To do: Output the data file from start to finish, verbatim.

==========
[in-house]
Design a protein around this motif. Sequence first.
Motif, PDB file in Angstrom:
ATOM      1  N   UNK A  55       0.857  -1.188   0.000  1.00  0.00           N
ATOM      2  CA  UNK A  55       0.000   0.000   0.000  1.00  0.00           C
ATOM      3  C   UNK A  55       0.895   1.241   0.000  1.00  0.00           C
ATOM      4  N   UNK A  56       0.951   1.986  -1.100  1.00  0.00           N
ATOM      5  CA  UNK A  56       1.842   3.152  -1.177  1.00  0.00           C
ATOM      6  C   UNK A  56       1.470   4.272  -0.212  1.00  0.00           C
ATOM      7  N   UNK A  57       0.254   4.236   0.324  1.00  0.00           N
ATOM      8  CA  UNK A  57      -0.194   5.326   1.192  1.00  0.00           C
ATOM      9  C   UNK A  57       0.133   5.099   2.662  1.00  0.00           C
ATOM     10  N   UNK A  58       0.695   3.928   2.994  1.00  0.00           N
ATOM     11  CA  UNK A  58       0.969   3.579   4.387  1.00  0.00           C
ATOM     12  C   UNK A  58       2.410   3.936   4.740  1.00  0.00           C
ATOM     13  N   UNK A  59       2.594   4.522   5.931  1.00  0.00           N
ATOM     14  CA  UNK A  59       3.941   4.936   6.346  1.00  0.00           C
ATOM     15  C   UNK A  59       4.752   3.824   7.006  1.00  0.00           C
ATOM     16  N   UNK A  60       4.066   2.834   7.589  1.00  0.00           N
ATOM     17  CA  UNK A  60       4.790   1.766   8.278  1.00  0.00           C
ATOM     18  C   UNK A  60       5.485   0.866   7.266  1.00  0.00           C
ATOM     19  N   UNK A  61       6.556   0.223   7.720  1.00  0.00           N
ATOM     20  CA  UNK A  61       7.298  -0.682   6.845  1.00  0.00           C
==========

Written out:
[in-house]
Design a protein around this motif. Sequence first.
Motif, PDB file in Angstrom:
ATOM      1  N   UNK A  55       0.857  -1.188   0.000  1.00  0.00           N
ATOM      2  CA  UNK A  55       0.000   0.000   0.000  1.00  0.00           C
ATOM      3  C   UNK A  55       0.895   1.241   0.000  1.00  0.00           C
ATOM      4  N   UNK A  56       0.951   1.986  -1.100  1.00  0.00           N
ATOM      5  CA  UNK A  56       1.842   3.152  -1.177  1.00  0.00           C
ATOM      6  C   UNK A  56       1.470   4.272  -0.212  1.00  0.00           C
ATOM      7  N   UNK A  57       0.254   4.236   0.324  1.00  0.00           N
ATOM      8  CA  UNK A  57      -0.194   5.326   1.192  1.00  0.00           C
ATOM      9  C   UNK A  57       0.133   5.099   2.662  1.00  0.00           C
ATOM     10  N   UNK A  58       0.695   3.928   2.994  1.00  0.00           N
ATOM     11  CA  UNK A  58       0.969   3.579   4.387  1.00  0.00           C
ATOM     12  C   UNK A  58       2.410   3.936   4.740  1.00  0.00           C
ATOM     13  N   UNK A  59       2.594   4.522   5.931  1.00  0.00           N
ATOM     14  CA  UNK A  59       3.941   4.936   6.346  1.00  0.00           C
ATOM     15  C   UNK A  59       4.752   3.824   7.006  1.00  0.00           C
ATOM     16  N   UNK A  60       4.066   2.834   7.589  1.00  0.00           N
ATOM     17  CA  UNK A  60       4.790   1.766   8.278  1.00  0.00           C
ATOM     18  C   UNK A  60       5.485   0.866   7.266  1.00  0.00           C
ATOM     19  N   UNK A  61       6.556   0.223   7.720  1.00  0.00           N
ATOM     20  CA  UNK A  61       7.298  -0.682   6.845  1.00  0.00           C